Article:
As the enlightened country music public was attempting to ingest all the recent offerings from a cavalcade of female artists doing their part to save country music like Holly Williams, Kacey Musgraves and Ashley Monroe, alt-country legacy band Son Volt released a fiercely classic country album themselves called Honky Tonk, proving that the resurgence of real country is multipronged, multisex, and multigenre. Maybe, just maybe, classic country is cool again.
As one of the original members of Uncle Tupelo, Son Volt frontman Jay Farrar is one of the forebearers of the alt-country sound that now has morphed into the all-encompassing Americana behemoth that here in 2013 is enjoying a meteoric rise in influence. But instead of trying to figure out how to ride that popularity wave, Farrar and Son Volt release an album that is so doggone country, you could almost call it conceptualized. Honky Tonk is way more Jason Eady than Jason Isbell, featuring simplified, classic country stories, steel guitar and fiddle, and a revivalist spirit that champions the idea that the classic country sound will always be relevant as long as working-class people gather in beer joints for camaraderie, conversation, and commiseration.
Honky Tonk draws its influences from across the American country music landscape. The song “Seawall” mentions West Virginia and Kingman, Arizona, and features the double fiddle indicative of Texas. “Hearts and Minds” and “Brick Walls” also build from a double fiddle bed. But if Honky Tonk‘s heart rests anywhere, it is on the West Coast, and not just in “Bakersfield,” one of the album’s better tracks. There’s a little Flying Burrito action going on here, where country is come to sort of from the outside looking in. This doesn’t hinder the music, it instills it with heart. Son Volt is playing classic country not from habit, but from choice. They cut a classic country album because they wanted to.
This move can’t be described as completely out-of-the-blue though. 2009’s American Central Dust seemed to hint of the more hard country direction that Honky Tonk eventually came to represent. But there’s still a few overlays in this album that inform Son Volt’s alt-country roots, like the warbly organ on “Livin’ On,” or the watery guitar on the album’s final track “Shine On” that is indicative of 60’s styling. For my money, Honky Tonk‘s can’t miss track is the eloquent and heart wrenching “Angel of the Blues.” Jay Farrar’s chord selection is sublime, sucking you into the solemn story.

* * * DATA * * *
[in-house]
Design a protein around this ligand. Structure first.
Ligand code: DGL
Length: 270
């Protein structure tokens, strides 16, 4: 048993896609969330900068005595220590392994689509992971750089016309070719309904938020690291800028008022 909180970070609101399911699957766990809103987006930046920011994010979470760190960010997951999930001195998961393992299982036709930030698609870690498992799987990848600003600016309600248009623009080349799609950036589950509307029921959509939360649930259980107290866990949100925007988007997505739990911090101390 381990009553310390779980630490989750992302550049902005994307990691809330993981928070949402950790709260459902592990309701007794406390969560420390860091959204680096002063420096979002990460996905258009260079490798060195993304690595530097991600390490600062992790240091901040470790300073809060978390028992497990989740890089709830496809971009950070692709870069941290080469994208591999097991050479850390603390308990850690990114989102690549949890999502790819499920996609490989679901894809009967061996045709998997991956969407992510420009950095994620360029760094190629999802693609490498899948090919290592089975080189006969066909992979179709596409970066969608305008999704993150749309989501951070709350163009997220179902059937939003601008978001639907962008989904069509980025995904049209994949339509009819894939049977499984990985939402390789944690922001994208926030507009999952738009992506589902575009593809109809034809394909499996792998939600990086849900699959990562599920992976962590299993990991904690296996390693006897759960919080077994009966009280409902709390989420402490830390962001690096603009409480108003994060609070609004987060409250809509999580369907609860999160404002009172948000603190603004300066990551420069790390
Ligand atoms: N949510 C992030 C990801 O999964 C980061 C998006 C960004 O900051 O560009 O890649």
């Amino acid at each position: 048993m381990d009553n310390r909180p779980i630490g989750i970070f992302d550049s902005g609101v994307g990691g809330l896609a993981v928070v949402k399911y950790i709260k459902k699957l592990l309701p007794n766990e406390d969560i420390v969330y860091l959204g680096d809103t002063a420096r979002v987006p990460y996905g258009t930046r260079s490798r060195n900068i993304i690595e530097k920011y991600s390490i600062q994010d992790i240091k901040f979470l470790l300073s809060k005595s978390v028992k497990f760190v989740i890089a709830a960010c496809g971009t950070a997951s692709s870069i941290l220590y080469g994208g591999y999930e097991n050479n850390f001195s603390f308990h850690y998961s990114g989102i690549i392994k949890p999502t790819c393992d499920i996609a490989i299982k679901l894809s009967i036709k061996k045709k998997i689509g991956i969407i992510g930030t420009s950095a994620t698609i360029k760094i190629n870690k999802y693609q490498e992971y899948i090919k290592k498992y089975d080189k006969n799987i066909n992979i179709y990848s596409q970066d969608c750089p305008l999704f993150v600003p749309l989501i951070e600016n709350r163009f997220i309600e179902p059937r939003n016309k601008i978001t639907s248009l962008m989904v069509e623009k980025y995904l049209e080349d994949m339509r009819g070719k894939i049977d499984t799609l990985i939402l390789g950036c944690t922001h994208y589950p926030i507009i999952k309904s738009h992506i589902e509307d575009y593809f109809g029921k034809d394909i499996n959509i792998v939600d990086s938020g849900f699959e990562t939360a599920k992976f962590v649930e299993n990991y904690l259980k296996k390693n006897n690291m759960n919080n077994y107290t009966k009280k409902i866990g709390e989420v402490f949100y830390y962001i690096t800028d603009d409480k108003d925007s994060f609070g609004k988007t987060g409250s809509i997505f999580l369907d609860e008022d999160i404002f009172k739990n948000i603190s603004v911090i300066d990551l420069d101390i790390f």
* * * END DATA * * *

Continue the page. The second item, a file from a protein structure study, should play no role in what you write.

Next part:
A little worry that this album will be too sleepy for some folks is probably warranted. Son Volt never really takes Honky Tonk up tempo. It’s pretty sedate throughout, with not a lot separating the individual tracks from each other. At the same time, it is very cohesive and thematic in its approach, allowing you to get lost in the music. Farrar favors ambiguity in his songwriting to constructing characters and trying to get you to care about them. He’s more about giving off hints and moods, and letting the listener’s ear and mind construct the realism according to their own experiences.
Something is going on in country music right now, and we may not know its full breath or impact until we’re able to look back on it in the future. But from American Idol’s Kellie Pickler, to Ashley Monroe, to Son Volt, classic country is making a strong resurgence, and its fans may have to stop playing the downtrodden, forgotten demographic card they’re so used to identifying with. Things are finally changing, and if Son Volt’s Honky Tonk is any indication, they’re changing for the better.
1 3/4 of 2 guns up.
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